Arj Barker has married, matured, done self-work, and has a new demeanour. Still as assured, expressive, and mobile as ever, he wants to get up, close, and personal. The world is at an interesting place in 2018. He feels: We Need To Talk. This show is a fab hour plus under the magnifying glass of Arj’s curiosity and is his #comedylifehack.
An honorary Melburnian, beloved of MICF audiences, affable Arj speaks like a local. I’ve loved this Canadian since he described the new Federation Square as built by someone who dropped their protractor in the Yarra in the early 2000s. His sly, sardonic sideways analyses of everything from major cultural phases to hotel mini bar security has him interrogating the everythings of our world that reflect where we’re at.
Take APP ads. New marketing speaks to us using our slang and he decodes their use of the language subverted to sell back to us. They feel like your best friend but are still sponsored by a capitalist corporation interested only in your account transactions. Facebook, Whats App, check in’s in Hell after death, mega-celebrities and internet personalities are the gamut of his laser sharp scrutiny.
Arj is the consummate professional and holds his all ages audience in the palm of his assured hand. He kills the delivery of his stellar script, with minute details that are the nuts and bolts of brilliant build ups, ad libbing that he’d trust a Tightarse Tuesday crowd because they are non-bs pragmatists. Quirkily delivering his own intro, he quizzically interrogates the ordinary and we are the laughed up lucksters.
Arj loves children and animals and both are departure points for digressions on the cult of success and achievement that pervades modern life. Progress and excellence. For whom and to where? What happened to kindergarten kids’ attention spans? He is a fan of the go-slow mode and this is rich source for hilarious material about inter-generational turf wars and identity crises. His definition of a millennial is something you wouldn’t predict, and his impersonation of teens meeting up at the mall is side-splittingly accurate.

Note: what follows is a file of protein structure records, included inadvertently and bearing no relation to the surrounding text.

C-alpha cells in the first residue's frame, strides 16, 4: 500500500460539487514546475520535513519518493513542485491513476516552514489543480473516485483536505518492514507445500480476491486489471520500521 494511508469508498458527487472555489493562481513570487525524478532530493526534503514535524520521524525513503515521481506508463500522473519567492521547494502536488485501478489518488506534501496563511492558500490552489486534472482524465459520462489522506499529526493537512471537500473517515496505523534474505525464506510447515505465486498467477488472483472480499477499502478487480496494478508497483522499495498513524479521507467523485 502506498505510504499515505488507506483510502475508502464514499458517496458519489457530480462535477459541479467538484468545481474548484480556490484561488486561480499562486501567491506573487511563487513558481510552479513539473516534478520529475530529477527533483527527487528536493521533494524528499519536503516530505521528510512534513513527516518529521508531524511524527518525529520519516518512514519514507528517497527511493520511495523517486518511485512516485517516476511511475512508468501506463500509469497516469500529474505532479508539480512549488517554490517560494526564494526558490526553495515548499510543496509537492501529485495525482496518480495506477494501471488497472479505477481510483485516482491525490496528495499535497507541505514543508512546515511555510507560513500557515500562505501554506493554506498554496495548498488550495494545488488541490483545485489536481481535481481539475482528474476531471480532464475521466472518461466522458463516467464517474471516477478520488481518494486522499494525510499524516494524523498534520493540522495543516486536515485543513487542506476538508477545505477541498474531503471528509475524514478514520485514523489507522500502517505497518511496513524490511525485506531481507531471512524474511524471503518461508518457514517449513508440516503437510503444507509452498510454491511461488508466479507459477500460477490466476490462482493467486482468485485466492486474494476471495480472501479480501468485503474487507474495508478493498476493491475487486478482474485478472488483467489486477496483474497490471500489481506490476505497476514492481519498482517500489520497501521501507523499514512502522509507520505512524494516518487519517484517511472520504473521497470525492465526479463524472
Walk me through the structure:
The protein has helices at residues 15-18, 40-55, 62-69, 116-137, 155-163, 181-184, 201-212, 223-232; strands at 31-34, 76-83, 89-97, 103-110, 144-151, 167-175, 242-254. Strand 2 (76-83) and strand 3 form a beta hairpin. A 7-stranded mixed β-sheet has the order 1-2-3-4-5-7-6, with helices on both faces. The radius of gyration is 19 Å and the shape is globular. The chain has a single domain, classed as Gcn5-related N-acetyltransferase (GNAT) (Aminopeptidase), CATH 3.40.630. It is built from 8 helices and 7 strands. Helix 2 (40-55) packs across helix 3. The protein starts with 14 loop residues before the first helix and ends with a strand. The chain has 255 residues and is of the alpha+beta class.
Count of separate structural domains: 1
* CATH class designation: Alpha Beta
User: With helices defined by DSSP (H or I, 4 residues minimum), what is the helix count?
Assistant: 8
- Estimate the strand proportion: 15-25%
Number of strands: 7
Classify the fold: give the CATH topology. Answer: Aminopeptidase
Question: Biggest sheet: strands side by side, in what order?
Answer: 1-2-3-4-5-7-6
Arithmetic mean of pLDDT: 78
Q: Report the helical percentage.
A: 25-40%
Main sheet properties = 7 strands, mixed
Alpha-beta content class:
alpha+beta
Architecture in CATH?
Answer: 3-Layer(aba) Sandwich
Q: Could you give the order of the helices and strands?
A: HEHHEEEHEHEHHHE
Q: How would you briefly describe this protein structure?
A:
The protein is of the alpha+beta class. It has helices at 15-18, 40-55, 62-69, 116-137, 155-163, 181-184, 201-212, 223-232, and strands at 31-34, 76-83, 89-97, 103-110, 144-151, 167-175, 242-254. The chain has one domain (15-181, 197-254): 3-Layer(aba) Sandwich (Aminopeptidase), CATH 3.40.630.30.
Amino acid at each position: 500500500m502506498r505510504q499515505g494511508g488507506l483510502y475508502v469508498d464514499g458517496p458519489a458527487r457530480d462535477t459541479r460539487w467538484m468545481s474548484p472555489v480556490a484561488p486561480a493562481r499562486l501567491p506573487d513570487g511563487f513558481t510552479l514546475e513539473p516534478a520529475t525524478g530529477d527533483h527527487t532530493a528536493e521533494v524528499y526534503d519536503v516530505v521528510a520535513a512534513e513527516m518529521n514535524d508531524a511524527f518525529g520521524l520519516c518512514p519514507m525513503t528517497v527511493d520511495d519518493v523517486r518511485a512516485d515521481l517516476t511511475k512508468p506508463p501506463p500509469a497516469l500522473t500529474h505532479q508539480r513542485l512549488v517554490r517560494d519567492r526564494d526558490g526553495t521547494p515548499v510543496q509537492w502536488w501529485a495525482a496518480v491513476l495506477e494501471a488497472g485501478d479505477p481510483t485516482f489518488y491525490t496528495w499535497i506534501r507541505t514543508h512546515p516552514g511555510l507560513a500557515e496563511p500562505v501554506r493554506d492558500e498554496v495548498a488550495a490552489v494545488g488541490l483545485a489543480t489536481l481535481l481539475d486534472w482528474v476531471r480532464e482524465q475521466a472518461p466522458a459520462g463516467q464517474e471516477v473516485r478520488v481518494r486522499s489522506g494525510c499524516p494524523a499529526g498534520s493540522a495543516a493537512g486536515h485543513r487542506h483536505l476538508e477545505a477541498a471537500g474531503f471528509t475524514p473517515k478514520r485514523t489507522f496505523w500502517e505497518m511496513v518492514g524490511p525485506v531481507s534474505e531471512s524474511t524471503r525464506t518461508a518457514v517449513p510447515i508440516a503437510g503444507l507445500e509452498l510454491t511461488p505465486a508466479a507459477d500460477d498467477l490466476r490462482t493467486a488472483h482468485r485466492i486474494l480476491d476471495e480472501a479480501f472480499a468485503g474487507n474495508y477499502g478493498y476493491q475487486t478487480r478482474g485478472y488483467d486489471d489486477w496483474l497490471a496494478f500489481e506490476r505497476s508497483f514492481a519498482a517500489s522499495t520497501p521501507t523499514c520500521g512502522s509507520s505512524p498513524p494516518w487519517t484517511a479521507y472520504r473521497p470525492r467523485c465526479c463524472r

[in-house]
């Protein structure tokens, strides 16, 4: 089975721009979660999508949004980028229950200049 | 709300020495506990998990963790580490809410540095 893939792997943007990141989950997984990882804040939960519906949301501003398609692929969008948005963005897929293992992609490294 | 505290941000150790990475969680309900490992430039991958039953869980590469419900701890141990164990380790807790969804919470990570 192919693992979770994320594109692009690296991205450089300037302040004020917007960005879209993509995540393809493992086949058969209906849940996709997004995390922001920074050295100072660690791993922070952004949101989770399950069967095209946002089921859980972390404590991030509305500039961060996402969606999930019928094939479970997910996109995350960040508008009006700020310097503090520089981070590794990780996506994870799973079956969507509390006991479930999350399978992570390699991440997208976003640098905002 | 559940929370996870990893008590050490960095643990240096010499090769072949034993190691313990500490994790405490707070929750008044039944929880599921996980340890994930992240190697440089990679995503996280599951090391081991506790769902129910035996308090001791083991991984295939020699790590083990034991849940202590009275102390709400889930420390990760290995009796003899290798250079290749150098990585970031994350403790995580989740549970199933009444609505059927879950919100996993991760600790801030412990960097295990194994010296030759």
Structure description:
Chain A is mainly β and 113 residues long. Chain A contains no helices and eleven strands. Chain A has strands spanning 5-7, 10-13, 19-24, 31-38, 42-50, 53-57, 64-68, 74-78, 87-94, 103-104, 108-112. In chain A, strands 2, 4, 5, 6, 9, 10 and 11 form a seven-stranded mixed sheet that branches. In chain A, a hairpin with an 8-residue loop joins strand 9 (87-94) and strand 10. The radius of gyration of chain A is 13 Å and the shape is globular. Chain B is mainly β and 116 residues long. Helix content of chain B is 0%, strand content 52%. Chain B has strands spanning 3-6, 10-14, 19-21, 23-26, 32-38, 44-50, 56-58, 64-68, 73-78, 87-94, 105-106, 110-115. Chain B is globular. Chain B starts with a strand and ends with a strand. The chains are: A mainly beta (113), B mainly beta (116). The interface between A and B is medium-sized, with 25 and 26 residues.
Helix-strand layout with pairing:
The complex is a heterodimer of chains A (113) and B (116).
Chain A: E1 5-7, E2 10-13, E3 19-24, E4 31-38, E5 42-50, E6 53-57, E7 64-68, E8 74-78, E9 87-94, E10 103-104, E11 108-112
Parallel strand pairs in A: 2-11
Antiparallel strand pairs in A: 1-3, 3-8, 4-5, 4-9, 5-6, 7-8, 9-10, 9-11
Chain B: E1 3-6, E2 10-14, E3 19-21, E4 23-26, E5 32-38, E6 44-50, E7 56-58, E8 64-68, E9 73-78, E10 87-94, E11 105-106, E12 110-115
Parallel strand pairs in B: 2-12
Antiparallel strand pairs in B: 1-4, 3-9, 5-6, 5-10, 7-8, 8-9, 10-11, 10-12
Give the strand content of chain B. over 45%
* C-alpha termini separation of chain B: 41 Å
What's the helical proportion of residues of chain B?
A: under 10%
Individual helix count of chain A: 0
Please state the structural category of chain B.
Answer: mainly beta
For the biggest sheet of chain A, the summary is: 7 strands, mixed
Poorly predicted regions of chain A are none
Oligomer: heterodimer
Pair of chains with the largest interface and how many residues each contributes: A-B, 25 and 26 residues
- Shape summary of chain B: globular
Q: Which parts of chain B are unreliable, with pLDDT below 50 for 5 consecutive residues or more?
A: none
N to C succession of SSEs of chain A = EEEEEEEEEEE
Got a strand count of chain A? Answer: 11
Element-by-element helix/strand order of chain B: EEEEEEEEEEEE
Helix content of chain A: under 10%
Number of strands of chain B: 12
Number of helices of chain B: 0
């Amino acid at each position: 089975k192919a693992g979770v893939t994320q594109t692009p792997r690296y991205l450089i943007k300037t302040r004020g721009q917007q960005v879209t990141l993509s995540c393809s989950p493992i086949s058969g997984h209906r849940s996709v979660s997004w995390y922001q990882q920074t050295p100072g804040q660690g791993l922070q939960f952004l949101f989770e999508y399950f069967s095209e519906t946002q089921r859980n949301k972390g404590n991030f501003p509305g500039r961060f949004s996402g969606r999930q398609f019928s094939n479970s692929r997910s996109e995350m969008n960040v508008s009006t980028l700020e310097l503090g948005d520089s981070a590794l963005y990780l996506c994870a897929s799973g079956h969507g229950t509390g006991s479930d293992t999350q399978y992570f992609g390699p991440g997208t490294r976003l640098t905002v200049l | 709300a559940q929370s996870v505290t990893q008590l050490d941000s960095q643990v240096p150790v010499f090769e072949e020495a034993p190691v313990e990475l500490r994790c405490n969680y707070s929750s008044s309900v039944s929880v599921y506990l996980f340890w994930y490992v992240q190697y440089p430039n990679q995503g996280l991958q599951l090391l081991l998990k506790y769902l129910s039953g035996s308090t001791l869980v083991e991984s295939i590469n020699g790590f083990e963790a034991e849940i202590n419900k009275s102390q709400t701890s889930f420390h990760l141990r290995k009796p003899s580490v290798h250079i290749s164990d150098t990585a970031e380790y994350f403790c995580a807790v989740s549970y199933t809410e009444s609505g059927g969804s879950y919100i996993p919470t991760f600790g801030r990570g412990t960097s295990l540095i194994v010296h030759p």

He goes personal, speaking of the challenges of the mobile phone in the marital home. Face down after 7pm. He goes all career wellbeing, extolling the benefits of doing what you truly love as measure of success, not the fantasy of telling kids you can be whatever you want to be, which, for the most of us, is a disappointing mistruth. As he says, There’s plenty of time. Problem is, a shortage of life. He respects the workplace realists and has a stunning joke where he performs to only garbage collectors.
He reminds us all of a world before mobiles, the years when you could safely be assured you were watching the best tv could offer(1980s) as compared with the 20teens, when you have a universe of shows on offer, hundreds of iterations, remakes,prequels, and sequels. Variety is not freedom. As he notes: the choice is paralysing.
Hang round til the end to see what he’s drinkin’….
With a mind so bright, and confidence that only a stand up of 28 years delivers, you won’t feel so alone as you/your phone/your partner/family/children and/or pets migrate into the great unknown that is your future-present.
He’s as relevant as ever.
Sarah Wallace is a dance-trained Theatre Specialist with a flair for the bold, and non-traditional performance platforms. On the street, or in the box seat, she looks for quality works that push the envelope.
Arj Barker: We Need To Talk shows 29 March – 22 April, 7.30pm Tuesday- Saturday, 8pm Saturday 7 April, 5pm Sunday 22 April, 6:30pm Sunday 8 April, (60 mins) at Main Hall, Melbourne Town Hall. Book tickets here. The venue is accessible.
Jump onto arjbarker.com to keep an eye on tour dates, his blog, merchandise as well as his amazing stickers.